True Love Cast Out All Evil: Roky Erickson’s Songwriting Legacy

True Love Cast Out All Evil: Roky Erickson’s Songwriting Legacy will be released on November 15, 2021 via Texas A&M University Press. “Roky was one of the most original and unique singer-songwriters in Texas,” says songwriter Brian T. Atkinson. “His short time at the helm of psychedelic rock pioneers, the 13th Floor Elevators in the 1960s, made him a cult legend, but his ensuing 50-year solo career was barely noticed. Hopefully this book will shed light on this important and influential period in Texan music. This is Atkinson’s fifth book with TAMU Press after the volumes on the other icons of Erickson, Townes Van Zandt, Ray Wylie Hubbard and Mickey Newbury.

In True Love Cast Out All Evil, over 70 friends including Henry Rollins, Stu Cook of Creedence Clearwater Revival and King Coffey of Butthole Surfers, as well as followers such as Cris Kirkwood of the Meat Puppets, Stuart Braithwaite of Mogwai, Alex of the Black Angels Maas and Will Sheff of Okkervil River testify. “Roky’s voice was unmistakable,” Coffey says. “He screamed and screamed like great Texas blues singers – weird, rock, weird. Roky was a visionary singer and songwriter. “Roky Erickson opened the door,” echoes legendary country singer-songwriter Ray Wylie Hubbard. “He showed the way. Today, the groups are still striving to achieve what he brought.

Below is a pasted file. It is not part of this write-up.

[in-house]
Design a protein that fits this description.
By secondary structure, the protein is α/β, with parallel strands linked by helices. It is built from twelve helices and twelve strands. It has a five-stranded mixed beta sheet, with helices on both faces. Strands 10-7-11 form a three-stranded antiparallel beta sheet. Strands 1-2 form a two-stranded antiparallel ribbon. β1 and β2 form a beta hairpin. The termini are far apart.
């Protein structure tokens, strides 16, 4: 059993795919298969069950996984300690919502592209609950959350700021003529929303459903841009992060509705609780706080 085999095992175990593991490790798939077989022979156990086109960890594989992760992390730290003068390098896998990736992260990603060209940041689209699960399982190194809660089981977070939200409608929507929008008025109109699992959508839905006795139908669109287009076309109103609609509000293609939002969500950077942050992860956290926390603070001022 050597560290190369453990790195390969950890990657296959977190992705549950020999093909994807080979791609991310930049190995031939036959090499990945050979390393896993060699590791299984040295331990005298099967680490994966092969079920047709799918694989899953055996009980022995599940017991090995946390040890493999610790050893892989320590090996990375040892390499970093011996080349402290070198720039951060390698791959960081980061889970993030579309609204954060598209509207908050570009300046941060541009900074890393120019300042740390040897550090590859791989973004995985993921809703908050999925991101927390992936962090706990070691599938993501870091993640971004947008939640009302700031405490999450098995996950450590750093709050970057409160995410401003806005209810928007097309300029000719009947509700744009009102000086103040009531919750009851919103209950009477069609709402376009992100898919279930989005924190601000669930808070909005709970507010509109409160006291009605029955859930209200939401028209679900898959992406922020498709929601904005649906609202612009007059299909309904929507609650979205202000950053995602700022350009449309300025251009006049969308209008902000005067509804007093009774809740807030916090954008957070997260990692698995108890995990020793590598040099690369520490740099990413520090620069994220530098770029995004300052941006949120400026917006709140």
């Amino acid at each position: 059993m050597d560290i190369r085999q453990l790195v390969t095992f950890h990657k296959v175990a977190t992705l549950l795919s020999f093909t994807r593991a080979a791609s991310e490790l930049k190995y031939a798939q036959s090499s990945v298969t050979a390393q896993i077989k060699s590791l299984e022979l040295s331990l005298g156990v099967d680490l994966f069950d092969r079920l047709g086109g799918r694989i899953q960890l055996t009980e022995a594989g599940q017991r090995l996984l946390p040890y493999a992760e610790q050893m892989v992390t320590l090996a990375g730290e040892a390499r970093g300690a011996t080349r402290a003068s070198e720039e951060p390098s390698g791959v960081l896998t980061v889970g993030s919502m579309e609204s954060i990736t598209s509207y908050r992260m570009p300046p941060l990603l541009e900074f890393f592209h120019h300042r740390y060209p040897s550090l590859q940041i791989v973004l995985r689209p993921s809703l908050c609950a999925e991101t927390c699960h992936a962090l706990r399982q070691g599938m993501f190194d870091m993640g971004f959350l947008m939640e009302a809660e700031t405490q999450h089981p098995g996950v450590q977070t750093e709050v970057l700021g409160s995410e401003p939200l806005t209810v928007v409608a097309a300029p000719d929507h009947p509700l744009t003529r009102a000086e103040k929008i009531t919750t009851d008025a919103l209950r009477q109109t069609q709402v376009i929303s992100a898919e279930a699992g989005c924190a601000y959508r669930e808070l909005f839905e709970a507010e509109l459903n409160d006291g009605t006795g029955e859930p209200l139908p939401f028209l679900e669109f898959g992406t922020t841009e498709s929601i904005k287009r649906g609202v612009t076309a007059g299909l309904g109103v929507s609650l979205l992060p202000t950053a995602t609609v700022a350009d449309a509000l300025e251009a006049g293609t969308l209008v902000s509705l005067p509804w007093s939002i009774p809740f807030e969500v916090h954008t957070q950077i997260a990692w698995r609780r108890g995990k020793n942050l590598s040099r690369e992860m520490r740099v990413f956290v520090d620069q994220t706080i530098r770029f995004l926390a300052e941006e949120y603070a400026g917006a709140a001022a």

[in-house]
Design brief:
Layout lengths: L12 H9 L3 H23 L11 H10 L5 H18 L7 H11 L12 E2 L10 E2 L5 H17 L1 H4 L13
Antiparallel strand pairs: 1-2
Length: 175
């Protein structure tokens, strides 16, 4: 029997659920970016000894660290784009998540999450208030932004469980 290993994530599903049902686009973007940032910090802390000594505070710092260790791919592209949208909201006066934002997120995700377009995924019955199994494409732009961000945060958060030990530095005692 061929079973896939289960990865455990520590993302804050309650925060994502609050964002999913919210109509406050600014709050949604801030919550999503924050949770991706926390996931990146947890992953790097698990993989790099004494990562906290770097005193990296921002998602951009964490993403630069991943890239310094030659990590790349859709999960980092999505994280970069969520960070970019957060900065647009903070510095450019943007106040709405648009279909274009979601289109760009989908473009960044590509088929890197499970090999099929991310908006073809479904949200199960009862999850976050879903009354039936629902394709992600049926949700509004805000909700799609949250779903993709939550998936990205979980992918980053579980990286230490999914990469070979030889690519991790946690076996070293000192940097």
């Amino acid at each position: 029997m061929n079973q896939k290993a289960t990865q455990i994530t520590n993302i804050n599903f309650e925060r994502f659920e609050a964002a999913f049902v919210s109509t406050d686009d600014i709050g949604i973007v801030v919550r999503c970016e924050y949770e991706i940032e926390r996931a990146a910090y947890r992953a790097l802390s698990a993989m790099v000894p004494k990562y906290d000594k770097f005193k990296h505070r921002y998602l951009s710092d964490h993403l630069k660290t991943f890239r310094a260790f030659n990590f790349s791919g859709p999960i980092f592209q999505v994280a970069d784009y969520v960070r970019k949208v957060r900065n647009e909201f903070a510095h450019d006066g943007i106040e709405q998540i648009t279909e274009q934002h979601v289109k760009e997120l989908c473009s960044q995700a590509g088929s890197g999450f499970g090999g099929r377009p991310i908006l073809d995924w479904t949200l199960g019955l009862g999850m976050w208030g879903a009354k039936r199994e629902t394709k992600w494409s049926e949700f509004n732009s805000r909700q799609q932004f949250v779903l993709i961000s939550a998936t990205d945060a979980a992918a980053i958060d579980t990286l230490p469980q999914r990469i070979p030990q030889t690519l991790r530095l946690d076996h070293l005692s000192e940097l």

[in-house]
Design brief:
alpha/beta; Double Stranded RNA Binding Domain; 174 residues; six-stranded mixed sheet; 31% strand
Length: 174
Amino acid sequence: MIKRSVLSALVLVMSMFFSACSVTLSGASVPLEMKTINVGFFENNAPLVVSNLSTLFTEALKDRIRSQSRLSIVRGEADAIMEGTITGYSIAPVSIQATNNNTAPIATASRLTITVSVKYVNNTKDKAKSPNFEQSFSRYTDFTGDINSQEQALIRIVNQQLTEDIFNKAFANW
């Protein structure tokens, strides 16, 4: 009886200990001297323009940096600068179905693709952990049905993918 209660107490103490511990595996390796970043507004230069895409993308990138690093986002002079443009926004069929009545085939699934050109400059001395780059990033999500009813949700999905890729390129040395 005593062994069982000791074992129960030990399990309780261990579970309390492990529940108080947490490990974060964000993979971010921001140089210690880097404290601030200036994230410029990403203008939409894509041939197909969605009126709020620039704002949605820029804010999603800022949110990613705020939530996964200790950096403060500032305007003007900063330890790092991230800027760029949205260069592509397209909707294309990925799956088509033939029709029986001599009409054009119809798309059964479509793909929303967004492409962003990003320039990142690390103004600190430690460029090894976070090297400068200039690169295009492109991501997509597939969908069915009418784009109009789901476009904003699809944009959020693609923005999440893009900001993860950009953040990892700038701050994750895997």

Erickson just sang as snakes shadowed his shadows. After all, the mystical and mythical Austin-based singer-songwriter and psychedelic drug enthusiast has delivered the deepest depths. However, its “transcendence comes at a price,” Atkinson writes in the book’s introduction. Through interviews with those who were there and the presentation of Erickson’s own words, Atkinson recounts how Erickson has been haunted for most of his life by a mental illness, possibly made worse by his liberal use of hallucinogens. His influence on Texan musicians across multiple genres with high quality albums such as The Evil One and Don’t Slander Me nonetheless remains vast. “Roky is alone as of this day,” ZZ Top frontman Billy Gibbons said in his foreword. “He was one of the craziest rock singers. Roky is revered.


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